By changing the wavelengths of entangled photons to those used in telecommunications, researchers see quantum technology take a major leap forward
The potential for photon entanglement in quantum computing and communications has been known for decades. One of the issues impeding its immediate application is the fact that many photon entanglement platforms do not operate within the range used by most forms of telecommunication.
An international team of researchers has started to unravel the mysteries of entangled photons, demonstrating a new nanoscale technique that uses semiconductor quantum dots to bend photons to the wavelengths used by today's popular C-band standards. They report their work this week in Applied Physics Letters, from AIP Publishing.
"We have demonstrated the emission of polarization-entangled photons from a quantum dot at 1550 nanometers for the first time ever," said Simone Luca Portalupi, one of the work's authors and a senior scientist at the Institute of Semiconductor Optics and Functional Interfaces at the University of Stuttgart. "We are now on the wavelength that can actually carry quantum communication over long distances with existing telecommunication technology."
The researchers used quantum dots created from an indium arsenide and gallium arsenide platform, producing pure single photons and entangled photons. Unlike parametric down-conversion techniques, quantum dots allow for photons to be emitted only one at a time and on demand, crucial properties for quantum computing. A distributed Bragg reflector, which is made from multiple layered materials and reflects over a wide spectrum, then directed the photons to a microscope objective, allowing them to be collected and measured.
Researchers and industry leaders have found that the C-band -- a specific range of infrared wavelengths -- has become an electromagnetic sweet spot in telecommunications. Photons traveling through both optical fibers and the atmosphere within this range experience significantly less absorption, making them perfect for relaying signals across long distances.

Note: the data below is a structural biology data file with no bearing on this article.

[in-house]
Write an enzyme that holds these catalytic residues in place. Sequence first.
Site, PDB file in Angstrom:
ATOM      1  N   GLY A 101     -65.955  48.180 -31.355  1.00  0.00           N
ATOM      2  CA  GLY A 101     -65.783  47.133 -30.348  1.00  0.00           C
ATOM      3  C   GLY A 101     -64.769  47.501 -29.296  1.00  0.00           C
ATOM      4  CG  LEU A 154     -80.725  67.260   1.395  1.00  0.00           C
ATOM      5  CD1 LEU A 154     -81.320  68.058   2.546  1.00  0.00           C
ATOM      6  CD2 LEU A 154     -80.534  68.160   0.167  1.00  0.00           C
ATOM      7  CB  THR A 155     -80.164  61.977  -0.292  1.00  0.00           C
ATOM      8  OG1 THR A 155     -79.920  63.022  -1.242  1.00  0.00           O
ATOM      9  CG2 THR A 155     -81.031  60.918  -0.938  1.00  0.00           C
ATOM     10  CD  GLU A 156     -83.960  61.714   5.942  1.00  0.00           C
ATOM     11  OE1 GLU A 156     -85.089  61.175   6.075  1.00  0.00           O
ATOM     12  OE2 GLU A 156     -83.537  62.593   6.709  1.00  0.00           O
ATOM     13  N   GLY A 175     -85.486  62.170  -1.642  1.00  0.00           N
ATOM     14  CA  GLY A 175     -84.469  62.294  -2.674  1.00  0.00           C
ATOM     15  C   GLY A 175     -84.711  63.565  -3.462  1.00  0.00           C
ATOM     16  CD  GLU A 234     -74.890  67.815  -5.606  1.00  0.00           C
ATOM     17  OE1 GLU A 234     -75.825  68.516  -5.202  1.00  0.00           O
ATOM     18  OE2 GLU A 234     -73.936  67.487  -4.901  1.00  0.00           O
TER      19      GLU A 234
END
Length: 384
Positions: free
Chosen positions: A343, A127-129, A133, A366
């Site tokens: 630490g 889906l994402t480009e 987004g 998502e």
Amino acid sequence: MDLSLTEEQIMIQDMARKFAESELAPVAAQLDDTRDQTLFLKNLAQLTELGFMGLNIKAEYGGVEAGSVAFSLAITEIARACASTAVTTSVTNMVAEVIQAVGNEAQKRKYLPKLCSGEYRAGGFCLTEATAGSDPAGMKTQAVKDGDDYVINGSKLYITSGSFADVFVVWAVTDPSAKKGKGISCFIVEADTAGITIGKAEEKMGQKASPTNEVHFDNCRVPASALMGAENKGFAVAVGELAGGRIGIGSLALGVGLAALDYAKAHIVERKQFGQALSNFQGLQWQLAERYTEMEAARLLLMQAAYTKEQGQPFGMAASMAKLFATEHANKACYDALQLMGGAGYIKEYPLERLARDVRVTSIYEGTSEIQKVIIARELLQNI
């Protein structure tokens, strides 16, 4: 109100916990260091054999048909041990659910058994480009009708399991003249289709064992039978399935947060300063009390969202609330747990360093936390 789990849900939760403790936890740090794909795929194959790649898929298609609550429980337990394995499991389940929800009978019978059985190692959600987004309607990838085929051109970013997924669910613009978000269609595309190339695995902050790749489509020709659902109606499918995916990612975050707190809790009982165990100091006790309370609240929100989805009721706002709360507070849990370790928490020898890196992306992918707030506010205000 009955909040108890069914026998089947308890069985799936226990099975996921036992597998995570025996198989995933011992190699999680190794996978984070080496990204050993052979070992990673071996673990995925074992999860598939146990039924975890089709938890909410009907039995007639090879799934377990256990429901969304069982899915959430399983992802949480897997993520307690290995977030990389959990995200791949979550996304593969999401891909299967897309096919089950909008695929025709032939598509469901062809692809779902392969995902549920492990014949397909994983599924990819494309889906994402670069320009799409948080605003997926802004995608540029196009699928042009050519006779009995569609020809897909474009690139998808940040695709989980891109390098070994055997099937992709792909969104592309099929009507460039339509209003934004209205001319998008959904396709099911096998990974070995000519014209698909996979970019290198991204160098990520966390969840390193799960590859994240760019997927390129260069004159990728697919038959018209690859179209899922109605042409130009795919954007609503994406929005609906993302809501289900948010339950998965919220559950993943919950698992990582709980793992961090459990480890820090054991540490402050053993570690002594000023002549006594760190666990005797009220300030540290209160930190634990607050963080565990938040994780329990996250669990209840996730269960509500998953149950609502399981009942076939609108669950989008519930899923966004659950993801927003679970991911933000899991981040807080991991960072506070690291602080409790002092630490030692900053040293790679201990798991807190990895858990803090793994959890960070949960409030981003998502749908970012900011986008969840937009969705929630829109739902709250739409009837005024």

"The telecom C-band window has the absolute minimum absorption we can achieve for signal transmission," said Fabian Olbrich, another of the paper's authors. "As scientists have made discoveries, industry has improved technology, which has let scientists make more discoveries, and so now we have a standard that works very well and has low dispersion."
Most entangled photons originating from quantum dots, however, operate near 900 nanometers, closer to wavelengths we can see with the naked eye.
The researchers were impressed by the quality of the signal, Olbrich said. Other efforts to shift the emission wavelength of polarization-entangled photons of quantum dots toward the C-band tended to increase the exciton fine-structure splitting (FSS), a quantity that should be close to zero for entanglement generation. Olbrich's team reports their experiment experienced less than one-fifth as much FSS as other studies in the literature.
"The chance to find a quantum dot that is able to emit polarization-entangled photons with high fidelity is quite high for our specific study," Olbrich said.
With each successful experiment, the quantum communications community is seeing its field bend toward greater applicability in today's telecommunications industry. Researchers hope that one day, entangled photons will impact cryptography and secure satellite communications.